The international outrage machine is ginned up again, and all but seven members of the U.N. General Assembly recently voted to condemn Israel for its military incursion into Gaza. The buzzword — recycled from Israel's summer war with Hezbollah — is "overreaction."
To what is Israel "overreacting?" Hamas, using the tactic that Hezbollah licensed from it this summer, is indiscriminately launching rockets into civilian areas, hoping to kill as many innocents as possible.
Israel's current military action is far from an overreaction. It is, in fact, a delayed reaction. Rockets have been raining down in southern Israel for years now, and only this summer did the Israel Defense Forces (IDF) finally execute a sustained response.
For more than five years, the residents of Sderot, a small development town of 26,000 in the Negev desert near the Gaza border, have been subjected to a constant barrage of Qassam rockets fired by Hamas, or the democratically elected government of the Palestinians. More than 3,000 rockets have hit Sderot and the roughly 45 smaller communities in the area.
Though former Prime Minister Ariel Sharon and his successor, Ehud Olmert, both had promised a strong response to attacks against civilians launched from Gaza, Hamas had suffered little more than the occasional military strike against its terrorists following a particularly "successful" Qassam strike. (One such response came after a Qassam exploded meters from the personal residence of Israeli Defense Minister Amir Peretz, who lives in Sderot.)
The military waited until late this June to attack Hamas aggressively and provide the response promised by both Mr. Sharon and Mr. Olmert. But that was actually triggered by the kidnapping of 19-year-old soldier Gilad Shalit — even though rocket firings into Sderot had become unrelenting several weeks earlier.
While the Israeli campaign against Hezbollah failed to achieve any of its stated objectives, the military scored significant success with its actions in Gaza this summer. But shortly after the rate of rocket attacks fell to just a few per week, military activities largely ceased. Not surprisingly, Hamas redoubled its efforts, and Qassam rockets again became a daily reality in Sderot and surrounding communities.
Perhaps to divert attention from its failure to defeat Hezbollah this summer, Israel seems determined to degrade Hamas' ability to launch rockets at innocent civilians. But that apparent determination could crumble in the face of mounting international outcry. Never mind that the democratically elected government of the Palestinians is able to target civilians with impunity.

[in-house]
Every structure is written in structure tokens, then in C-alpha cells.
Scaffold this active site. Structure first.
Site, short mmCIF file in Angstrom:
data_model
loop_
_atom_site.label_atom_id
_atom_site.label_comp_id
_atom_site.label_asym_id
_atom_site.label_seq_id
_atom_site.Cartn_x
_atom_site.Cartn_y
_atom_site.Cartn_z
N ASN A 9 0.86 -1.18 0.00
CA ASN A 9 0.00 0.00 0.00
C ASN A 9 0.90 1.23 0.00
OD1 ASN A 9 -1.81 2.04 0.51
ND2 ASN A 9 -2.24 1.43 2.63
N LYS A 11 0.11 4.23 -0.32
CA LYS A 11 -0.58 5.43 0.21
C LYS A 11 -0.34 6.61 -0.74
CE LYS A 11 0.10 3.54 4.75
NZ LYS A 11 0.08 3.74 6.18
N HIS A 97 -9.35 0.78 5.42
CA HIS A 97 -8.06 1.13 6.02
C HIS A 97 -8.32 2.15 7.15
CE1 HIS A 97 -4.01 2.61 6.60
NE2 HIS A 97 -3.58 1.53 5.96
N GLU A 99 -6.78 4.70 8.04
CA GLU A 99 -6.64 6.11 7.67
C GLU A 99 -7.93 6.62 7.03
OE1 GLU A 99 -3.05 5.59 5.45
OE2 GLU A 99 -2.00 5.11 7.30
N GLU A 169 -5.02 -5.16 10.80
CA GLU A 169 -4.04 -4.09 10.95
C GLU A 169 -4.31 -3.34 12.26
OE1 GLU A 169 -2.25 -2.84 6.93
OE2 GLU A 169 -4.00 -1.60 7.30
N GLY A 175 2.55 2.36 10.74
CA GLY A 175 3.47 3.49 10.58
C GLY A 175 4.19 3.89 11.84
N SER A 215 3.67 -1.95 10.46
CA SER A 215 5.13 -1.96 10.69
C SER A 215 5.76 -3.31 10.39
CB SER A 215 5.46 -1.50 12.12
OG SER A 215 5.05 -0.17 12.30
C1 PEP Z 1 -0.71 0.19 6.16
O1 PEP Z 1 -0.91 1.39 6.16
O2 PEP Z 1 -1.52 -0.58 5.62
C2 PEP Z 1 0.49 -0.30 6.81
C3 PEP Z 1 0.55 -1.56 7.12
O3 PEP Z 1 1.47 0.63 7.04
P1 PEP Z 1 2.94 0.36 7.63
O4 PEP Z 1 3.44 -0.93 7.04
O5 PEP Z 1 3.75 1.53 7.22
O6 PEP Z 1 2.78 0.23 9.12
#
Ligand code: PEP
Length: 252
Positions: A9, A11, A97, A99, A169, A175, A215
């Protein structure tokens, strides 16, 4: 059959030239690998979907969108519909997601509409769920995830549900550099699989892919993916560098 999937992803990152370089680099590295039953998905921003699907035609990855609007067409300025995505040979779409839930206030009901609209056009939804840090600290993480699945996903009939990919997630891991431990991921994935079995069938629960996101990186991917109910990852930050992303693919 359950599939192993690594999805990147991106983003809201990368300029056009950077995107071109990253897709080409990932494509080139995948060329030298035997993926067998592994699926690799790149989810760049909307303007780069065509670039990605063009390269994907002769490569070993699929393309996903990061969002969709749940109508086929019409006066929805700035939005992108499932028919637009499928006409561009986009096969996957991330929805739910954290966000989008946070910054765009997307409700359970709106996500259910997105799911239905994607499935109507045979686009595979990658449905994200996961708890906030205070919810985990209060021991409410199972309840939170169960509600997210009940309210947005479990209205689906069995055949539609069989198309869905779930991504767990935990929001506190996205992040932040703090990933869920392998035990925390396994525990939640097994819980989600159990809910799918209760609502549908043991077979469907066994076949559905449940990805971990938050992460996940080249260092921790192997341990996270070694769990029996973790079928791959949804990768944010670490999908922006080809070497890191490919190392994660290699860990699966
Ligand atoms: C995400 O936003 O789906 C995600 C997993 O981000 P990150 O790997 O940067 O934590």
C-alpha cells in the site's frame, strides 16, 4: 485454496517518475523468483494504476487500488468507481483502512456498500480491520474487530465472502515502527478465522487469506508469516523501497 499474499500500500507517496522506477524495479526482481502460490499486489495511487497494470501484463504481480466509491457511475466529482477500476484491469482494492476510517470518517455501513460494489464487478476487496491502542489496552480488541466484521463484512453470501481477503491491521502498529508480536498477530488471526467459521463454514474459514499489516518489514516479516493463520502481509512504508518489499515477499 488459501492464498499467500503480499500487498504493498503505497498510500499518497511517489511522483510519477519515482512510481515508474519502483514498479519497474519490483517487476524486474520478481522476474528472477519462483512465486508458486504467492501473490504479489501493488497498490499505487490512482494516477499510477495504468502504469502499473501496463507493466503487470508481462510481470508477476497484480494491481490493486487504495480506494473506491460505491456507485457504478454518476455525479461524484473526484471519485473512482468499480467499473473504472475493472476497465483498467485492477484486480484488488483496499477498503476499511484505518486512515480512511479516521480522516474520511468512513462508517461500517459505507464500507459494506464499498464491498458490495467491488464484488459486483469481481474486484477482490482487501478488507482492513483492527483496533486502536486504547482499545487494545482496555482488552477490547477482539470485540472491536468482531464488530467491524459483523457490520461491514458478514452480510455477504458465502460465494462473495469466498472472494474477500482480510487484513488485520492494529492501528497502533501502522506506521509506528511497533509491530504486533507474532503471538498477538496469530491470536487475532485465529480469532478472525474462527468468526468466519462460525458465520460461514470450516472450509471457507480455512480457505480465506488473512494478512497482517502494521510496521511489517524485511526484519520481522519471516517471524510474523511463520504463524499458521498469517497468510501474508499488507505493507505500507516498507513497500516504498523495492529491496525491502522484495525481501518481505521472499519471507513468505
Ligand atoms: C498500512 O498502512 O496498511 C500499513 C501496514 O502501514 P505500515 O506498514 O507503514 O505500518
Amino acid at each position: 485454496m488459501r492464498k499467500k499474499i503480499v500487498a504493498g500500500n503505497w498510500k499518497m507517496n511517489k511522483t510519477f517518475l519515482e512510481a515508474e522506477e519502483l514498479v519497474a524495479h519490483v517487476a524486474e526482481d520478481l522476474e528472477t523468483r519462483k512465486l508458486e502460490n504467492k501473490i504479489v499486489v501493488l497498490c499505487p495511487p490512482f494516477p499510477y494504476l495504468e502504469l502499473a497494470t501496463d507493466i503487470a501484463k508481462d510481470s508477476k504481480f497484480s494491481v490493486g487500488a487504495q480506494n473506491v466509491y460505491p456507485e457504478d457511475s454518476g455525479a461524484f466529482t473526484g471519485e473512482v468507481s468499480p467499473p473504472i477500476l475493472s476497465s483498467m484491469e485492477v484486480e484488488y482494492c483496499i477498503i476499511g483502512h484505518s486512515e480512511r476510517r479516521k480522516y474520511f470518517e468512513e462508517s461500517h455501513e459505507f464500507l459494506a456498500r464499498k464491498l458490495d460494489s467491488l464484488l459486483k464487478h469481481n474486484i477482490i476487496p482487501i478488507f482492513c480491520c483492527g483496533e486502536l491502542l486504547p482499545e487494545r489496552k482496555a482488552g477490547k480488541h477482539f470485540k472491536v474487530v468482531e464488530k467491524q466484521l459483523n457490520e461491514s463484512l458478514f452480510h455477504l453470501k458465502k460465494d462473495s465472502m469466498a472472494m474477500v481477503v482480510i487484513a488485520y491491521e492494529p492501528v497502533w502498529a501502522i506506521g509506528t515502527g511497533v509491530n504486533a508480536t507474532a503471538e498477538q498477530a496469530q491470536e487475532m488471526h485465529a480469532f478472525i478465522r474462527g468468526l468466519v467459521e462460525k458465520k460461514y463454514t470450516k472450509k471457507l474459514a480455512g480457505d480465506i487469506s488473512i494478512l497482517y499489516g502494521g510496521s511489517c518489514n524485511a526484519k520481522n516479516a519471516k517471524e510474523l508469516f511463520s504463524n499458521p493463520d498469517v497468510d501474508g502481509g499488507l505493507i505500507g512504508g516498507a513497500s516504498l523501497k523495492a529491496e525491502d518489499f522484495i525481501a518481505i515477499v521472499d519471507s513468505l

As bad as things are in Sderot right now — one woman was killed this month, and another person is near death as of this writing — none of this is new.
To appreciate just how much a daily fact of life Qassams have become, Sderot's school playground has four above-ground, concrete bomb shelters. The rectangular tunnels sit on each corner of the relatively small playground. So many are needed so close together because there is typically just 10-15 seconds warning, if any, before a Qassam hits.
Qassams have hit all around the school. Remnants of several rockets can be seen in the street in front of it. Shrapnel is lodged in the sidewalk railing meters from the playground. Shrapnel is even on the playground itself.
Not surprisingly, the residents of Sderot are both bitter and angry. Even with the recent military actions, they feel forgotten. Actually, they have been forgotten.
This June, Vice Premier and former Prime Minister Shimon Peres brushed off mounting concern about a surge in attacks with the quip, "Qassams shmassams." Echoing that theme, an IDF spokesman described Qassam rockets to this columnist in July as "dumb firecrackers."
Thing is, these "dumb firecrackers" kill people. Here is the Associated Press account of one Qassam attack in September 2004:
"The blast blew out the windows of a house, showered a minibus with shrapnel and killed two children of Ethiopian descent. Dorit Benesay, 2, and Yuval Abeva, 4, were playing under an olive tree outside Yuval's grandmother's house when the rocket struck, emergency workers and neighbors said.
" 'After the rocket fell, a man, maybe 20 years old, took the boy in his arms. He was in shock. He ran with the boy, he didn't know what to do,' said Zina Shurov, 48, a neighbor. 'I saw the boy, he had no legs.' "
Hamas has no plans to stop voluntarily, and the international outrage machine won't ask it to. The Islamic terrorists are merely fulfilling a promise made this June: "We have decided to turn Sderot into a ghost town. We won't stop firing the rockets until they all leave."
Hope somehow remains alive in Sderot. Rabbi David Fendel believes that the simple act of staying put is his best way to fight terrorism. In fact, he's even doing more. With a new religious school and community center under construction, Rabbi Fendel is working to make Sderot stronger.
Rabbi Abraham Cooper, associate dean of the Simon Wiesenthal Center, has visited Sderot and calls Rabbi Fendel "a real hero in the war on terror." He explains, "Rabbi Fendel is not only helping Sderot, but he has taken the kind of firm stand that the Israeli government needs to in order to defeat the likes of Hamas and Hezbollah."
Joel Mowbray occasionally writes for The Washington Times.